The King’s English, indeed

Is written in code

If today we go for a ride

Tomorrow you might say we rode

But what we say we can’t abide

Does not affect our abode     

And things we hide today

Alas! We can’t say we hoed. 

Sunday, November 29, 2020


Writers' Pantry #46   A cold, sunny morning in my world.  I find myself feeling restricted, constricted, and conflicted.  My father's words come to haunt me.   Submitted to Poets & Storytellers United, November 29, 2020.



I want to escape this isolation

Take myself to some foreign nation

Where folks are frolicking bare-faced

I want to amble through a well stocked aisle

Of latest fashions where trinkets  beguile

And my cash in hand is well-placed.

I want to take myself out for the night

To some spot of gastronomical delight

And perhaps a cocktail or two

But My father’s wisdom is giving me fits

I hear his voice saying “Wants are not gets” 

And, dammit, I know it’s true.

Saturday, November 28, 2020


The Sunday Muse #136 wherein we're inspired by the photo provided. 

Submitted November 28, 2020 


suspended in limbo


to come up for air

when normal returns

or some semblance thereof.


to be released

from this

sequestorial time out


Wednesday, November 25, 2020


Weekly Scribblings #47 and we're asked to consider lessons learned from someone we loved.  I learned so many things from my father, who led his life by example.  In his later years, I captured  this golden afternoon in poem, when he taught me the lesson of gratitude. 

Submitted to Poets and Storytellers United, November 25, 2020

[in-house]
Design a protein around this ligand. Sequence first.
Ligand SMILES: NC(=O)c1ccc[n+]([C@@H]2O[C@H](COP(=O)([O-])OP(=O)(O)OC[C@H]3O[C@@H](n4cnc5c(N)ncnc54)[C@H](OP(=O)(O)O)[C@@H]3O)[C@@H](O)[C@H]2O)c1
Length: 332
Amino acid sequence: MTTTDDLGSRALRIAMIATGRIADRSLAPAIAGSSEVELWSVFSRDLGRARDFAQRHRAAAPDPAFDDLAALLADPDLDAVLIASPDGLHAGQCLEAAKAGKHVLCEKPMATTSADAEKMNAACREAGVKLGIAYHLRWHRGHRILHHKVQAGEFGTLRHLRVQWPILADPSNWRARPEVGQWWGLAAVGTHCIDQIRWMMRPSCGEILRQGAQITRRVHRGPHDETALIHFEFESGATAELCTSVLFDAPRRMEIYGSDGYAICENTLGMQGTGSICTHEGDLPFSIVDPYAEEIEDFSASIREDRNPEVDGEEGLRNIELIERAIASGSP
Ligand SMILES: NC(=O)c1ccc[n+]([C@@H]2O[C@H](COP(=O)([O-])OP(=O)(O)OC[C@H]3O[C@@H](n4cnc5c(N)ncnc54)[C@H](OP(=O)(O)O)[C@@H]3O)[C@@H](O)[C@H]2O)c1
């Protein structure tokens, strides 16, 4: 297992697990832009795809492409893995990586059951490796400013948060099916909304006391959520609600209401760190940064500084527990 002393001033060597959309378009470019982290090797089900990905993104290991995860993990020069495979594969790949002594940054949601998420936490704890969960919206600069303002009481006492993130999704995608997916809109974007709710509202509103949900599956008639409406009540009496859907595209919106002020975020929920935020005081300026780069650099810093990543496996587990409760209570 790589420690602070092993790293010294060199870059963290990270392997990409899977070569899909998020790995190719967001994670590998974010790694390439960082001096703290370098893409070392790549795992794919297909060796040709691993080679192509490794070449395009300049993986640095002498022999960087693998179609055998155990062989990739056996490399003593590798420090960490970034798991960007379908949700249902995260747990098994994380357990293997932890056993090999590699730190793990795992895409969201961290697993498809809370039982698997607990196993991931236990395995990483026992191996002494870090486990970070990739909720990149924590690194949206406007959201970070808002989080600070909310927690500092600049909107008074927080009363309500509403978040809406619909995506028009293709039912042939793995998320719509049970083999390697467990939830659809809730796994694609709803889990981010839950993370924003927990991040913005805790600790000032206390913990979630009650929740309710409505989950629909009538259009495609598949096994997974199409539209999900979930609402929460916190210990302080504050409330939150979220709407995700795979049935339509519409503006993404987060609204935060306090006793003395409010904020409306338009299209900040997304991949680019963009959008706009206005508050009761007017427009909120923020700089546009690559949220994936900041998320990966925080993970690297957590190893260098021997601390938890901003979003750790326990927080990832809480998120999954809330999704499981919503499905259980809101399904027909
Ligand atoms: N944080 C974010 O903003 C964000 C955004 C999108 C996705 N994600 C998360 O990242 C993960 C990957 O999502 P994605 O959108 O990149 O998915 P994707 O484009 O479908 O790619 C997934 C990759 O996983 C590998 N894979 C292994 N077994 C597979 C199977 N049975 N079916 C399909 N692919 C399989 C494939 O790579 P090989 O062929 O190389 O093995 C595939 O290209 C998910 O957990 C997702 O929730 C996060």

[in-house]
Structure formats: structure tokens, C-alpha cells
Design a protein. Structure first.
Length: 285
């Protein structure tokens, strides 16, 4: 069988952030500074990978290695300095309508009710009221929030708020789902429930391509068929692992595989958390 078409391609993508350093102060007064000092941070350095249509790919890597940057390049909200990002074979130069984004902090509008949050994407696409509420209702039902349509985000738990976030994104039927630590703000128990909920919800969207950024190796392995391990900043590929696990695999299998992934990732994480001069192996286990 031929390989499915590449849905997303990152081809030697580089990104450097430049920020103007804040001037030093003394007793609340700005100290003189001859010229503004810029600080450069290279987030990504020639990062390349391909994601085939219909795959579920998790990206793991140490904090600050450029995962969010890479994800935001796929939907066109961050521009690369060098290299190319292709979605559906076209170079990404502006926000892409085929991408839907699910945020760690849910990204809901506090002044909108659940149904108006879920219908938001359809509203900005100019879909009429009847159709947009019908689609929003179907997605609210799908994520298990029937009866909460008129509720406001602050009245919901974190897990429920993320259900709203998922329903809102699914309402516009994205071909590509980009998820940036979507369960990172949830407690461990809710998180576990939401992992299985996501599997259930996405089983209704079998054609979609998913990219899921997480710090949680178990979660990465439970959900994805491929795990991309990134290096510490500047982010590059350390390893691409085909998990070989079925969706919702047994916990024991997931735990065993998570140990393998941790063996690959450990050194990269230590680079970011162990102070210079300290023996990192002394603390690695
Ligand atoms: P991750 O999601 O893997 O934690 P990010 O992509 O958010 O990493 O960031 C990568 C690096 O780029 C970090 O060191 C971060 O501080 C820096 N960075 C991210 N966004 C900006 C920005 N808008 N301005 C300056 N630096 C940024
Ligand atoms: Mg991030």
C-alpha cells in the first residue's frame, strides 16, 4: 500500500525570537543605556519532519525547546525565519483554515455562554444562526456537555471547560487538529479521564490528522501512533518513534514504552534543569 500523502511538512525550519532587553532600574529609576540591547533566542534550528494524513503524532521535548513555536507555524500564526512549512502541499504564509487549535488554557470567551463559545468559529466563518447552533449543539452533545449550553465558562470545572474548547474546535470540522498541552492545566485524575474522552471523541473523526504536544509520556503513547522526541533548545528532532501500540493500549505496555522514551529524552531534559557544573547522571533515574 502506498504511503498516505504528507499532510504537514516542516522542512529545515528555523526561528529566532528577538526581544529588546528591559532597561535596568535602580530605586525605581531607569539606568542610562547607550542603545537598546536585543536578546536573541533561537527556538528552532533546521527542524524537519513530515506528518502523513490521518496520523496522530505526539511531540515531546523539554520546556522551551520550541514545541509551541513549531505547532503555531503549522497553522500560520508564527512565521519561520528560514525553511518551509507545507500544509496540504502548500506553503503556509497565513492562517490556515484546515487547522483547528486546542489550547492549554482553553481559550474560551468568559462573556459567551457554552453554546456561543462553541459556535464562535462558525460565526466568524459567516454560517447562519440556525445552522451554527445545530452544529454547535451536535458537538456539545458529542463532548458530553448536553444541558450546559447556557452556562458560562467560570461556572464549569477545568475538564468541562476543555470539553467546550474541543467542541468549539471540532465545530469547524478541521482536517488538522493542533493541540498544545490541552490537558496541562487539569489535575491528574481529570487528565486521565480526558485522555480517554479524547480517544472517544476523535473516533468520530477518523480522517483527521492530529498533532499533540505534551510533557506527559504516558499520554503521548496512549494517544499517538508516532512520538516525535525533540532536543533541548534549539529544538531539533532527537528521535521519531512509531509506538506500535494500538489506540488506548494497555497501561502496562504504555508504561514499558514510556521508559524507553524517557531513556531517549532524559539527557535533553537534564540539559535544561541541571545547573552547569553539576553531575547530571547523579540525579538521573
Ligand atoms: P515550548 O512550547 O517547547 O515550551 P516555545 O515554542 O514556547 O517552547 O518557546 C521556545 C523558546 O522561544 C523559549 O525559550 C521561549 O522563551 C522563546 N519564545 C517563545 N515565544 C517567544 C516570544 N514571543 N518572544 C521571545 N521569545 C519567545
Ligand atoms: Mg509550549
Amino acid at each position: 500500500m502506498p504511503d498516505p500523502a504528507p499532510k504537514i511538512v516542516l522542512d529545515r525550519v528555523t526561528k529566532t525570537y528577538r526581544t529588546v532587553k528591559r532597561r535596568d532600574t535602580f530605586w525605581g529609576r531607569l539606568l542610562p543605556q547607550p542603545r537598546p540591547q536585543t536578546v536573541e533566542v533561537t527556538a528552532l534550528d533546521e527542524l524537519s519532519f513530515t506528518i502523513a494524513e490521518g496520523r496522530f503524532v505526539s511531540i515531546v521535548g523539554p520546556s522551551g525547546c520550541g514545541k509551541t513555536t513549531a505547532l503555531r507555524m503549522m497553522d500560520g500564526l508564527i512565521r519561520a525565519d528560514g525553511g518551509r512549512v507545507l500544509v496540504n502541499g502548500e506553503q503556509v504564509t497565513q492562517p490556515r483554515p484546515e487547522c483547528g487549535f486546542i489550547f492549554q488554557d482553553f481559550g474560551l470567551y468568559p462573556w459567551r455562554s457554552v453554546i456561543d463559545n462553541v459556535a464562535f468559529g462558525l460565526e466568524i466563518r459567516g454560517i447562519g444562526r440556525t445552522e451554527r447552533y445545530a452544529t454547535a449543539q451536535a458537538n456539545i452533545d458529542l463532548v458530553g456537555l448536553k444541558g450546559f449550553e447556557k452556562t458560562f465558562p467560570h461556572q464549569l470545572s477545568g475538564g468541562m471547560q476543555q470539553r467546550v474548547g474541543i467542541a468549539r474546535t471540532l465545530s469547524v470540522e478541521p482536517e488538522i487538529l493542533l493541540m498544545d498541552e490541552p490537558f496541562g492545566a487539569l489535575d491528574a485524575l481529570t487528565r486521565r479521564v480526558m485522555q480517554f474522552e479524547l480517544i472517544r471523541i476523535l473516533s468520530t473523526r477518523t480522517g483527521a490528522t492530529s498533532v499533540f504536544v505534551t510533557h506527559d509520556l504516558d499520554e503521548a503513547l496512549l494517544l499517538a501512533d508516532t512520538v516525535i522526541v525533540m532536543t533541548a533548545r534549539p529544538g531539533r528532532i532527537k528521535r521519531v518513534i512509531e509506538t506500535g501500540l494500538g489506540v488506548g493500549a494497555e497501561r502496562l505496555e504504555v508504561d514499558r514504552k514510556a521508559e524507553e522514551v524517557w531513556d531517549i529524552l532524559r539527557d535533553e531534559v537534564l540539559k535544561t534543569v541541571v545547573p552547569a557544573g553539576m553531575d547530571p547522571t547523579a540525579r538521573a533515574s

As we rode through summer breezes

The man of courage and I

He taught me still another lesson

As he had since I was just so high.

For the years had left their burden

And now he walked with a cane

And the body once strong and strapping

Now faltered and gave much pain.

I heard him not once complaining

As we passed fields of grain on our drive

But commenting on God’s bounty and sunshine

Saying, “It’s a good day to be alive”.

When I find I’m feeling sorry

For the problems and troubles I’ve had

I look to my model of courage

With humble gratitude…I love you, Dad.

Monday, November 23, 2020


Haibun Monday at dVerse.  Kim is hostess, and challenges us “to write about a time when you last watched stars, a storm, the sea, an animal, or something else in nature that left you with a sense of wonder or awe.  

Submitted to dVerse, November 23, 2020


Over 25 years ago, my daughter and her then husband had moved to the state of Oregon, and I had gone to visit.  I had commented many times that the sky seemed “big” in Oregon, for reasons I can’t explain.  I don’t recall the occasion, but we were on an obscure and very dark country road somewhere between Albany and Corvallis when my son-in-law pulled the car to the side of the road, turned off the engine and said “Let’s look at the sky”.  By that point in my life I’d for some time lived in a large city where all but the brightest stars were hidden in the smog that overhangs our large cities.  Standing beside the car at roadside, I looked up to see the most magnificent display of starlight that fairly took my breath away.  I don’t know how long we stood, identifying the Big and Little Dipper, the North Star, and other constellations.  It was a magic I’d not seen since my childhood on the Illinois prairie, a quiet time when  I felt a thrill, as if I’d touched the hand of God. There are signal moments in our lives that stay forever in the attic of our brains, archived for a lifetime.  I will always remember that moment, and be grateful to a young man whose love of nature never dimmed.  

Star light, star bright

Magic carpet of the night

I feel God’s touch 

Sunday, November 22, 2020


Given today's political chaos and the behavior of our White House resident, make me want to employ a powerful tool of my childhood, which I dubbed My Mighty Peckinstick.  It needs an explanation, I'm sure, so here you are.